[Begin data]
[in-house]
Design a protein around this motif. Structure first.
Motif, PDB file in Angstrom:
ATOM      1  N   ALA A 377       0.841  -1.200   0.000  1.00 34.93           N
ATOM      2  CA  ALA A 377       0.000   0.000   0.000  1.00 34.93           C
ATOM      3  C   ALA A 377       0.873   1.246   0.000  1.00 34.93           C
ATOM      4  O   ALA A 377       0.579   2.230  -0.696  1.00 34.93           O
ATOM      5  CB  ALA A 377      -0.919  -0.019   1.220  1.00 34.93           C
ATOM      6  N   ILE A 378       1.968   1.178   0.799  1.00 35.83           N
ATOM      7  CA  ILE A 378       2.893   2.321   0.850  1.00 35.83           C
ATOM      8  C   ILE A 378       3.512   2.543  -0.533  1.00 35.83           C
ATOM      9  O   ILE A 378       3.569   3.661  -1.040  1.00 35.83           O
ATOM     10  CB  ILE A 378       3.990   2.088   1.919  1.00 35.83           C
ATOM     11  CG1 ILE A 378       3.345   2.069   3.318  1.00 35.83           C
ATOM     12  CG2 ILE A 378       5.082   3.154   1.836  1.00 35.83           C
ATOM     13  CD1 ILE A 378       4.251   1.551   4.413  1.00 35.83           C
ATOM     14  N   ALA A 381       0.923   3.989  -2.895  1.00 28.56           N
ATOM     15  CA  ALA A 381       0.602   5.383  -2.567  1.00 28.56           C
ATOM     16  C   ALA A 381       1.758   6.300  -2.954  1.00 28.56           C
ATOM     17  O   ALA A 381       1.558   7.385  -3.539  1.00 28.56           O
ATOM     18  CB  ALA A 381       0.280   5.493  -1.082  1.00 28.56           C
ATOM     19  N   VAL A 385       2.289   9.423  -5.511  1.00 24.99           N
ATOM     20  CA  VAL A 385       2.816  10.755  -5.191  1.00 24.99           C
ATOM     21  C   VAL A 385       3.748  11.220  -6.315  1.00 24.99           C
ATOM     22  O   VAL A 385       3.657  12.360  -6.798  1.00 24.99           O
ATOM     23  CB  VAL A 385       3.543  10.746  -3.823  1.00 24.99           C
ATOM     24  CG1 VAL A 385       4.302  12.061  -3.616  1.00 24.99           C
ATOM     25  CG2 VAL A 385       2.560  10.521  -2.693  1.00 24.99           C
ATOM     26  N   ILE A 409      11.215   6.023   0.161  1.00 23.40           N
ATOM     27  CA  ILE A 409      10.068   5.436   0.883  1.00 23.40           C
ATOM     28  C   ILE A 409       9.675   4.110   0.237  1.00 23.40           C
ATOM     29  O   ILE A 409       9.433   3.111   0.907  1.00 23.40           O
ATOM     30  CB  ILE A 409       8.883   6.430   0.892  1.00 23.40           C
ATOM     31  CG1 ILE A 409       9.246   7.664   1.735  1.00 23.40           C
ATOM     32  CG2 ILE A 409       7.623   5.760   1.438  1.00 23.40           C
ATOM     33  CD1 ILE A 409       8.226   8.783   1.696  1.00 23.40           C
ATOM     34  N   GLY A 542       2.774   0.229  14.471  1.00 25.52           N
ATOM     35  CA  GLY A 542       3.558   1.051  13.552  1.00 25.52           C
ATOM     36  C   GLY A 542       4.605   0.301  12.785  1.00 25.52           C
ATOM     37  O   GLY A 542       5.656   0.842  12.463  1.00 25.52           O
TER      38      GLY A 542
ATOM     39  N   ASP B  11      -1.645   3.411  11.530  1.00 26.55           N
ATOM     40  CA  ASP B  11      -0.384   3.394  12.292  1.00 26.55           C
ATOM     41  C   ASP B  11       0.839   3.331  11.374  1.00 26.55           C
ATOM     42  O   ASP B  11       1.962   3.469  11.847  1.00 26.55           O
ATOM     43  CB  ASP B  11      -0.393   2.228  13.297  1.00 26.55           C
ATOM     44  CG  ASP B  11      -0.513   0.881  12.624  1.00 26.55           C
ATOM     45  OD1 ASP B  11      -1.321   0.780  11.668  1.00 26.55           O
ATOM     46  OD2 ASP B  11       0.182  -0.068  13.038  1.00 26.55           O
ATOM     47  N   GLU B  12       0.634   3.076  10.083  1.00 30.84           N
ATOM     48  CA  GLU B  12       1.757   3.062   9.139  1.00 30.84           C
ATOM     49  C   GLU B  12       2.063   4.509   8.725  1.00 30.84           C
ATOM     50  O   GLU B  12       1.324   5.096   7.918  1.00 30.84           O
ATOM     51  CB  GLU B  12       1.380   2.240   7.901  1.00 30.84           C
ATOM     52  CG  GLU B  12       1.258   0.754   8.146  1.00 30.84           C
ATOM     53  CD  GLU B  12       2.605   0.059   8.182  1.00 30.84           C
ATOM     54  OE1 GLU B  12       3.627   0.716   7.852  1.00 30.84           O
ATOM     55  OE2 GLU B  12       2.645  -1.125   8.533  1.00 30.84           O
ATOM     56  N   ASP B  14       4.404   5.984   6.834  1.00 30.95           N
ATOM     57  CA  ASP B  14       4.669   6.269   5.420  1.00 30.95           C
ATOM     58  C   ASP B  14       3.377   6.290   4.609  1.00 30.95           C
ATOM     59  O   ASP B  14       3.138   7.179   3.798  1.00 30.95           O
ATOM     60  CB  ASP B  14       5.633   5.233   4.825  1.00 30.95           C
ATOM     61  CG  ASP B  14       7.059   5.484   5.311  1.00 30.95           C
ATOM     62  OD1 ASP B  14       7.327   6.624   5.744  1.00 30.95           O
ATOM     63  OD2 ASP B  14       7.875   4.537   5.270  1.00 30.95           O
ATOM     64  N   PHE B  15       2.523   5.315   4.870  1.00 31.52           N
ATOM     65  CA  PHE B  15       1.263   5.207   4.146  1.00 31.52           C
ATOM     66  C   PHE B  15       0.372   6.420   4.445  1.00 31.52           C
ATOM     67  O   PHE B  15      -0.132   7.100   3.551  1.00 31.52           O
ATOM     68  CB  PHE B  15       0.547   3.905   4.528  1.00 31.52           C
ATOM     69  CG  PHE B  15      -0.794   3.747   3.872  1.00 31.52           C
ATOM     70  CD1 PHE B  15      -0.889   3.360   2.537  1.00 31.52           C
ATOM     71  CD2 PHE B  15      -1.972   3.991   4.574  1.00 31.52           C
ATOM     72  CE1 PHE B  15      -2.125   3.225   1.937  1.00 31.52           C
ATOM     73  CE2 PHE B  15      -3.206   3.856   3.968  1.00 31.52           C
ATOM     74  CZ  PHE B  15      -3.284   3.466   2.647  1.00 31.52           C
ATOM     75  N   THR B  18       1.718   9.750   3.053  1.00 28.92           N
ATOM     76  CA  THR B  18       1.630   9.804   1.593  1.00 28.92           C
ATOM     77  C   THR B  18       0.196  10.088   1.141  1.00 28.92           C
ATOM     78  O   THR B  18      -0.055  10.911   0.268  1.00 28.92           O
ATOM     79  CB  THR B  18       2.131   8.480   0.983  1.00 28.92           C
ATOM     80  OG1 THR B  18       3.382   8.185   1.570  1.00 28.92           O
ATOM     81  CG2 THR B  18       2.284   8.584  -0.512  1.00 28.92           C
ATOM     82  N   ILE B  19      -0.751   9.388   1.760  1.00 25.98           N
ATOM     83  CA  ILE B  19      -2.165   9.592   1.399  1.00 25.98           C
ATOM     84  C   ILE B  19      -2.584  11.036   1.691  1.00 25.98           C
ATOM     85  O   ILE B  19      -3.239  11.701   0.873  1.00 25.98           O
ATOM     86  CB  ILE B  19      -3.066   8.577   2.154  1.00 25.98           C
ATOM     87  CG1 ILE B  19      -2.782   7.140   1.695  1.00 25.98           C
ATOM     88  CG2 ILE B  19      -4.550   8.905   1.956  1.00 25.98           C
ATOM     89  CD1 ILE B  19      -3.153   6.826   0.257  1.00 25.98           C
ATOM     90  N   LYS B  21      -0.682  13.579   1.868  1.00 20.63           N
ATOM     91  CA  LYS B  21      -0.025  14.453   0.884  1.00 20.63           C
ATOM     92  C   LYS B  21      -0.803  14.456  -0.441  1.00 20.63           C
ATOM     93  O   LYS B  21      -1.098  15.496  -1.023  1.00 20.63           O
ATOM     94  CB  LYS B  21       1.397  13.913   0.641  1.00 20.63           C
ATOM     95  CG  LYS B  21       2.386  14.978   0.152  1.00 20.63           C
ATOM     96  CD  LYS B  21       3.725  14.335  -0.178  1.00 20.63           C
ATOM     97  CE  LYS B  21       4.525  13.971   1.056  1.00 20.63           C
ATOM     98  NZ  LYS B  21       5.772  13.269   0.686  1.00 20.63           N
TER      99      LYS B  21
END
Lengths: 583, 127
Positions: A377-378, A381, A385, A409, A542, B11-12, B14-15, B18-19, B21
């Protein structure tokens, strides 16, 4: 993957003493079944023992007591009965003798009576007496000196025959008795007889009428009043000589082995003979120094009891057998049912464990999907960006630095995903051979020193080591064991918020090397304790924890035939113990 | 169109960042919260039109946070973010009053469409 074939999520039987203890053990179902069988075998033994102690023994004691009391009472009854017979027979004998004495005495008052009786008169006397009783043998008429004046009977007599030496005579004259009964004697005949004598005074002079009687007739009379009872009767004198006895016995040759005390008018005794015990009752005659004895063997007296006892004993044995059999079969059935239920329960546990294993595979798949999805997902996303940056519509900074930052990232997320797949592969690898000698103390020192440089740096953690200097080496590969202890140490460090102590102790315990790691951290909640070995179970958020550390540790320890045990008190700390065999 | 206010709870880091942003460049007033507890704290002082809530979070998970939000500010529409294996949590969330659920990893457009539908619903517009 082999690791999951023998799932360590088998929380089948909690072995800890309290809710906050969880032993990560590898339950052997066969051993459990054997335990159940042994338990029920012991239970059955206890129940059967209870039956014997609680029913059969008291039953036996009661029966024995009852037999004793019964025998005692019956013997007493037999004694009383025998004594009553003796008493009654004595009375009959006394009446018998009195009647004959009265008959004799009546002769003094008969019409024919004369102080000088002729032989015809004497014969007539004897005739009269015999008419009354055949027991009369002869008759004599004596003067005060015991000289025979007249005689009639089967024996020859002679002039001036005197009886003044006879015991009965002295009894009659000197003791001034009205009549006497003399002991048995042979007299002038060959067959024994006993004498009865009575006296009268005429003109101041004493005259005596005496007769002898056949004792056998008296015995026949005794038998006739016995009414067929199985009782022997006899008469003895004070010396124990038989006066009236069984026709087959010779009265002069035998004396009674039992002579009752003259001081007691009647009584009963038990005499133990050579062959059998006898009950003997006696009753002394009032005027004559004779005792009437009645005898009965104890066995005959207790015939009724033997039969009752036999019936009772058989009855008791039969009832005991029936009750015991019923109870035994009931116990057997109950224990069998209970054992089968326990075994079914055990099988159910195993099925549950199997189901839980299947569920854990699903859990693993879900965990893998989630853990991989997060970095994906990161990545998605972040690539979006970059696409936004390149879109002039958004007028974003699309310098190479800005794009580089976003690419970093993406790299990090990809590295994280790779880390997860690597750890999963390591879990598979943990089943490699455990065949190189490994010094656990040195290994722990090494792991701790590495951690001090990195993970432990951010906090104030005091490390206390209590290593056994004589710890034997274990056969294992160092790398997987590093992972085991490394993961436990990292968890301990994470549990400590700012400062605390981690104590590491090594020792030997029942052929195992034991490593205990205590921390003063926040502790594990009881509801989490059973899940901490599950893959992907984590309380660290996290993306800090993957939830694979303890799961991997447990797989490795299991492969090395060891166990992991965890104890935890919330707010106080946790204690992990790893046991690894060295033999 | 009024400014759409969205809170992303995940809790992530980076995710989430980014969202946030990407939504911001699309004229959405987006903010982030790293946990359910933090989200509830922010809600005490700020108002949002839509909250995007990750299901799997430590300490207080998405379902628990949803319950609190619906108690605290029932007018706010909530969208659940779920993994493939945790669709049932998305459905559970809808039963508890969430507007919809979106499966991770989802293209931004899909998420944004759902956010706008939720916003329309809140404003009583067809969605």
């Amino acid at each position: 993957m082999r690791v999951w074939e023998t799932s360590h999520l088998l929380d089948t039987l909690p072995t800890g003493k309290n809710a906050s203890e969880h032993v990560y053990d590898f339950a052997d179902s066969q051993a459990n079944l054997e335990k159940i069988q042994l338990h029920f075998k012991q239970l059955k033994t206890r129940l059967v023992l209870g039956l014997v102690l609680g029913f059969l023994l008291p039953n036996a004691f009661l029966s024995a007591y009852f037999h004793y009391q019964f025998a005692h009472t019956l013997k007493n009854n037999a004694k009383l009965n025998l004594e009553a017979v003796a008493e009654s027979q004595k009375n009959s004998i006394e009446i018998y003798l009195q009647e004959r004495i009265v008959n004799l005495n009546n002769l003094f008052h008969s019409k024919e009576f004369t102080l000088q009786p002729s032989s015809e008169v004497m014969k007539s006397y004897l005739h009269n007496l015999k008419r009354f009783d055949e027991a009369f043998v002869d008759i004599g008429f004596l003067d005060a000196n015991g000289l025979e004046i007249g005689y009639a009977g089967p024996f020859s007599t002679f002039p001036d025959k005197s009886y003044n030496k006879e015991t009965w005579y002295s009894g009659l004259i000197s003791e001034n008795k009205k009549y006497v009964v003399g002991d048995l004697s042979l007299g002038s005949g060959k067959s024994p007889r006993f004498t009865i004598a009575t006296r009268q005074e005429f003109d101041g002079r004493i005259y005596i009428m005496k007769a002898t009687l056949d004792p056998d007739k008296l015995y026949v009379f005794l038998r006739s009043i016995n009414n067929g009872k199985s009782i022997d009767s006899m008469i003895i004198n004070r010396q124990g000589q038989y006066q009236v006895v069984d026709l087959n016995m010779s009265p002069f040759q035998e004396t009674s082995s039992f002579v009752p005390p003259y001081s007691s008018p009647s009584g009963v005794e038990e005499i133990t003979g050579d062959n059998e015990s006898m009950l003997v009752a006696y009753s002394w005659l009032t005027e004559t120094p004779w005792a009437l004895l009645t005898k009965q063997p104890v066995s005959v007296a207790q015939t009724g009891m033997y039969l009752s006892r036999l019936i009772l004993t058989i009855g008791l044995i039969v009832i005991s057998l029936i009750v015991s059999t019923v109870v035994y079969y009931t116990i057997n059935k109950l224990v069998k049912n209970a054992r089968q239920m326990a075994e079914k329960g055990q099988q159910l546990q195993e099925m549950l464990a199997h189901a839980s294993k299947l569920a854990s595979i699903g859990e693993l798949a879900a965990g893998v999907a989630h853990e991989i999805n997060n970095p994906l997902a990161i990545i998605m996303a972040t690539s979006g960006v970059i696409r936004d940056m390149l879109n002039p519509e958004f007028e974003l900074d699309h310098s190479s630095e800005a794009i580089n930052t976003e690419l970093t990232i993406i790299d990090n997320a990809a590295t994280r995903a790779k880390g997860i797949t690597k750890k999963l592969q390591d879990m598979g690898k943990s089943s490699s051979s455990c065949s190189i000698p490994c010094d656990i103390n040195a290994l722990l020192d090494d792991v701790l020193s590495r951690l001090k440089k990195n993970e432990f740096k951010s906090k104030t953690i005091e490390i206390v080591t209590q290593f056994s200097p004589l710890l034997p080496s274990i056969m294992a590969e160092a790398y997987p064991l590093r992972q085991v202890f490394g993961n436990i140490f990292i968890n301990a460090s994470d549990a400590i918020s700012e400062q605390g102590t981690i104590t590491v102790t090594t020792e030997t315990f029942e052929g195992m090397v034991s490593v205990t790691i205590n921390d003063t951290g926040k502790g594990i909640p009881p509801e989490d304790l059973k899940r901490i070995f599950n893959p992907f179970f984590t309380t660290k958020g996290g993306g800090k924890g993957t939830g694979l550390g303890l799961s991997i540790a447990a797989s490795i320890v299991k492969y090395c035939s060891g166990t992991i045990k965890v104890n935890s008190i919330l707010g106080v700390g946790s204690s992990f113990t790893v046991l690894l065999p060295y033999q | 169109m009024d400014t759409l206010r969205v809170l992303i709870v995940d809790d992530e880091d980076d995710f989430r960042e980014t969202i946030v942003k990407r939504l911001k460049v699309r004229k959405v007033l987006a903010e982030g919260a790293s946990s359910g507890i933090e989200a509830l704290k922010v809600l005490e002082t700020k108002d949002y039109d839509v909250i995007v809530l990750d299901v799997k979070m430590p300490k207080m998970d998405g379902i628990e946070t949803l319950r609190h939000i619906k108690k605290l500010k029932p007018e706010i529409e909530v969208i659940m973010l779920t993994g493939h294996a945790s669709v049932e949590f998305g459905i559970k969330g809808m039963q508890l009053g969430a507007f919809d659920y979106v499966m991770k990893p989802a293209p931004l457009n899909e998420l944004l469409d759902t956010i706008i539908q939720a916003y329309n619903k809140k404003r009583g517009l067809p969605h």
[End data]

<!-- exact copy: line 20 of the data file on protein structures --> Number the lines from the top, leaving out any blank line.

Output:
ATOM     17  O   ALA A 381       1.558   7.385  -3.539  1.00 28.56           O